Katy Perry explains why she went public with Taylor Swift feud: 'I'm not Buddha'

PHOTO: Taylor Swift poses at the 2016 iHeartRadio Music Awards in Inglewood, Calif., April 3, 2016. Katy Perry attends 102.7 KIIS FMs 2017 Wango Tango at StubHub Center, May 13, 2017 in Carson, Calif.PlayReuters/Getty Images
WATCH Katy Perry explains why she went public with Taylor Swift feud

Katy Perry said she only started talking about her feud with Taylor Swift last month because she felt "safe."

"No one has asked me about my side of the story, and there are three sides of every story: one, two and the truth," she said in the June issue of NME.

Perry, 32, opened up about the "bad blood" between the two singers during a recent appearance on "Carpool Karaoke," a segment on "The Late Late Show with James Corden."

Although the singer admits that publicly feuding with Swift, 27, impacts her image with fans, Perry added, "I mean, I’m not Buddha. Things irritate me."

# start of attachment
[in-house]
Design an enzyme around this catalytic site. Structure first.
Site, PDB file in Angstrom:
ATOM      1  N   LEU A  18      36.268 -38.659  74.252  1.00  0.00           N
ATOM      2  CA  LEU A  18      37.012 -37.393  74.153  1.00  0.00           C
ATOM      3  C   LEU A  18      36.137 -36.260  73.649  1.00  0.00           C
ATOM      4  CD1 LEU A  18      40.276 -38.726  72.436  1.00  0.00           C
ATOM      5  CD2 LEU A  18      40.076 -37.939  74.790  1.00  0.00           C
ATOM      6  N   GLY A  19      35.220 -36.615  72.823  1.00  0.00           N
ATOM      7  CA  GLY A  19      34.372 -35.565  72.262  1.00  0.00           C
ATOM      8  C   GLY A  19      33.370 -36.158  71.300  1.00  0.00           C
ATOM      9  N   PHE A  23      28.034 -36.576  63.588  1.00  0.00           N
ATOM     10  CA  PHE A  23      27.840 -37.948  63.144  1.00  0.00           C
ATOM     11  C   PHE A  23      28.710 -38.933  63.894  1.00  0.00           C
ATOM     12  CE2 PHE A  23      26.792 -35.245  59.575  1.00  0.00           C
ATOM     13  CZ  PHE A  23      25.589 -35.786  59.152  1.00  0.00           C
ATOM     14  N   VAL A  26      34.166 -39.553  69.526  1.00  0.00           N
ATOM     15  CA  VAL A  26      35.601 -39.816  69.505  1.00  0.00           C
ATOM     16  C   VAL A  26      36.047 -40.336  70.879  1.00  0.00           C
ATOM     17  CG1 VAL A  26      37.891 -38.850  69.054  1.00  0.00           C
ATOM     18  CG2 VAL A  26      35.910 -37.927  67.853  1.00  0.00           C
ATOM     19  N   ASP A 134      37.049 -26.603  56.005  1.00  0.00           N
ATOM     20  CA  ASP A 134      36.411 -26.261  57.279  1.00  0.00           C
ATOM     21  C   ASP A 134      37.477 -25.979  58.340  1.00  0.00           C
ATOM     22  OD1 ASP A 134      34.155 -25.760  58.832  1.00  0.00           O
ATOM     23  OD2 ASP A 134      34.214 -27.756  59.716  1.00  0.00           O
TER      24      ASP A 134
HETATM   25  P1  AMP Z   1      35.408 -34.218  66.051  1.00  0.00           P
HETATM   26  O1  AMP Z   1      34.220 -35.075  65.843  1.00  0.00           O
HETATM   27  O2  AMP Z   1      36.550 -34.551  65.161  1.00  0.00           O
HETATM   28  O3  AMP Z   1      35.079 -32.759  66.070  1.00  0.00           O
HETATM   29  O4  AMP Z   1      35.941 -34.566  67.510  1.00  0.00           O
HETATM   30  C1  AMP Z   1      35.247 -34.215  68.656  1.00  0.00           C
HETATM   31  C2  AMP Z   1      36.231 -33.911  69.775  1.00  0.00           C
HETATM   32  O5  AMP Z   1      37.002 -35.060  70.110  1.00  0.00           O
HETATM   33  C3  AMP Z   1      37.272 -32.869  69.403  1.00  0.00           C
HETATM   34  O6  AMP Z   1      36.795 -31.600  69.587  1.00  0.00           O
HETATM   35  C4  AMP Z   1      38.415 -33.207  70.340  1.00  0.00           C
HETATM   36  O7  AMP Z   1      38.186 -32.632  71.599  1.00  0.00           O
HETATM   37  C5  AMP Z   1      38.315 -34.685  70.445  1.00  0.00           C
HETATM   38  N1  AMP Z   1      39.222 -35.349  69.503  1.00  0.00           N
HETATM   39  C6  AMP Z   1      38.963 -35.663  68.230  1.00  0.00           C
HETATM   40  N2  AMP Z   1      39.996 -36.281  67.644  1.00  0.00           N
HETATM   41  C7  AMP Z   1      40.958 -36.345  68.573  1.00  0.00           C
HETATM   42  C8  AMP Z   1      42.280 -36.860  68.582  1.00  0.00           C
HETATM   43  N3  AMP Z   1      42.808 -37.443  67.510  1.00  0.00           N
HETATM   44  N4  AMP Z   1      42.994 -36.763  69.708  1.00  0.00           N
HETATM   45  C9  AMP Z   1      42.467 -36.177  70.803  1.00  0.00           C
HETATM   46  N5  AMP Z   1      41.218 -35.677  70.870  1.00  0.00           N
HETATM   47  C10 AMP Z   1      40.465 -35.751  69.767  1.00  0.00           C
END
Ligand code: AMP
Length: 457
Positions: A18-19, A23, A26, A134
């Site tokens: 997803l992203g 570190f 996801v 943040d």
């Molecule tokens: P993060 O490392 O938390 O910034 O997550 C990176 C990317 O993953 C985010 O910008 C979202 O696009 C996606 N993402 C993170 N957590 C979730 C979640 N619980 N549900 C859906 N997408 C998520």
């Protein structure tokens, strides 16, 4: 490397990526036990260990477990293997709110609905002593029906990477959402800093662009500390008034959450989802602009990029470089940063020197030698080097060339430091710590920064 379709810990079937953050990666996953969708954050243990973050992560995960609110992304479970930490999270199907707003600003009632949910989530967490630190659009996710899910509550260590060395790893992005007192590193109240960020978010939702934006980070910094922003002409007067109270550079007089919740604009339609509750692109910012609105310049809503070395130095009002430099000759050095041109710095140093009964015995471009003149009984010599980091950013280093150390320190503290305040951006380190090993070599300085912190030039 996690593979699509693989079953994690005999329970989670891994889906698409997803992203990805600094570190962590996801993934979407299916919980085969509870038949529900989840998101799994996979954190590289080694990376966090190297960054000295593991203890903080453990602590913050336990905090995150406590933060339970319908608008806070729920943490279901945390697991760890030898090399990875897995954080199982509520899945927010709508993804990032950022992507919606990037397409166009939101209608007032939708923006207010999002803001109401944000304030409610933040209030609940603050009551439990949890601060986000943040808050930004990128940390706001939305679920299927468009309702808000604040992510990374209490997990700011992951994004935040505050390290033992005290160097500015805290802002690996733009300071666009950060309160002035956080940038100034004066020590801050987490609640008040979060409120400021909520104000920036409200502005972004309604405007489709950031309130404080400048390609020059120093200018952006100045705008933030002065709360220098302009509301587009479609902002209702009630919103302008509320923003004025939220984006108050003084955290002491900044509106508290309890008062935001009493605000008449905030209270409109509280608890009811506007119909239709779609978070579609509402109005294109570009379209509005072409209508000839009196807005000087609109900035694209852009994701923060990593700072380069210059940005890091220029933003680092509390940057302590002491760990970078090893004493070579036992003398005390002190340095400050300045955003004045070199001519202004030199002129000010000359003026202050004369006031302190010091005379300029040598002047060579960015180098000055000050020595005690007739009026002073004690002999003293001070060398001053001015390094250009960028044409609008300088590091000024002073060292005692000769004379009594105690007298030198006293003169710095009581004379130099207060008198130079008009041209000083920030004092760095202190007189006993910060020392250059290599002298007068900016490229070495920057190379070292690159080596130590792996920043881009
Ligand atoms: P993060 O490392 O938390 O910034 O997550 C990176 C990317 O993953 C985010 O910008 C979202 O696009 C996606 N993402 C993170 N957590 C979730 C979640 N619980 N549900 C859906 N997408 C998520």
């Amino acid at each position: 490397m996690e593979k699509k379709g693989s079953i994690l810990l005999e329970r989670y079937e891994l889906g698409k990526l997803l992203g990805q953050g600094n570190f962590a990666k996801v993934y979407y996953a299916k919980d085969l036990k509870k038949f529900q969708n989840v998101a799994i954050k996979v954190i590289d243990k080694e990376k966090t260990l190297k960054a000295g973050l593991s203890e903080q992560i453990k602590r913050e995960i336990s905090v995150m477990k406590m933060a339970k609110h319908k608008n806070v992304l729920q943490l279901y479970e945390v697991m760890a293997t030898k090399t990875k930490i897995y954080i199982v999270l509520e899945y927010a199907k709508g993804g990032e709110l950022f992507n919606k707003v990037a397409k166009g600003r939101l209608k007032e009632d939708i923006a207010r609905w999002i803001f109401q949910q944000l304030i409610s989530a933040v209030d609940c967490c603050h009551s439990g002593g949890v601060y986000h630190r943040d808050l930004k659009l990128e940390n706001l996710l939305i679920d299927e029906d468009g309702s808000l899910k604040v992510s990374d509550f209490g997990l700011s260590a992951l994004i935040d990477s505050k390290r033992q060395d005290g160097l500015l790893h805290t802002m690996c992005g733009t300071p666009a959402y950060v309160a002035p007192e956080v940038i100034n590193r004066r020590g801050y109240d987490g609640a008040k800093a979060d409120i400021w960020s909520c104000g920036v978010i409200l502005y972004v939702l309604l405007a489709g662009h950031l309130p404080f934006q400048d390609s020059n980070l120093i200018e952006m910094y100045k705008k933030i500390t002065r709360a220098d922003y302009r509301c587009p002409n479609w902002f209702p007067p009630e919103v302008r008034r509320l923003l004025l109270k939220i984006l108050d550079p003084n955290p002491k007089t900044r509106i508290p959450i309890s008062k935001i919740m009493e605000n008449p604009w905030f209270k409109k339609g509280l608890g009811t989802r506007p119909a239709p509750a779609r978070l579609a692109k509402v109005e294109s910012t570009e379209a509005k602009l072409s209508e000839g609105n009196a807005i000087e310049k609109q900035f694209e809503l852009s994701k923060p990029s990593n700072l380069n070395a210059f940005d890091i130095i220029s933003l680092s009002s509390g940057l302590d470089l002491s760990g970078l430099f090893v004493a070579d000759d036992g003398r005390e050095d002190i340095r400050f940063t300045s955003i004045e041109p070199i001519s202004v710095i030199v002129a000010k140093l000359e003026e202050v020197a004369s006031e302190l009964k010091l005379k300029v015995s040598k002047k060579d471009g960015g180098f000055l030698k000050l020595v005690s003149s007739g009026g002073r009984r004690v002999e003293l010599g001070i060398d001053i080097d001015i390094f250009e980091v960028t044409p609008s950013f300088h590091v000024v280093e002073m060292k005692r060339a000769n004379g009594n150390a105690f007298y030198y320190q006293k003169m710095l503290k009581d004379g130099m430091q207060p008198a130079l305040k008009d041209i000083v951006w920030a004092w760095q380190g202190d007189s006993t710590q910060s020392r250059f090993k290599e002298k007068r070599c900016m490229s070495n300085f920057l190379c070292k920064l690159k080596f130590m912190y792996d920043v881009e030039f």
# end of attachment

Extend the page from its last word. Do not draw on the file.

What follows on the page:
"I wish that I could turn the other cheek every single time, but I’m also not a pushover, you know? Especially when someone tries to assassinate my character with little girls," Perry said. "That’s so messed up!"

In 2014, Swift told Rolling Stone that an unnamed pop star and former friend had stolen backup dancers for her tour.

"She basically tried to sabotage an entire arena tour. She tried to hire a bunch of people out from under me," Swift said in the magazine.

Perry confirmed that she had taken three of Swift's dancers during but said she had tried to discuss the matter privately.

"I do the right thing any time that it feels like a fumble," Perry said last month. "It was a full shutdown and then she writes a song about me, and I'm like, 'OK, cool, cool, cool. That's how you want to deal with it? Karma!'"

Fans today are taking sides in what appears to be another moment in their ever-evolving feud.

With Perry's latest album, "Witness," out today, Swift released her entire back catalog on to major streaming services.

In 2014 Swift removed all of her music from streaming services, and even openly criticized Apple music in 2015 for failing to pay music royalties during trial periods. The company eventually reversed that decision later that year.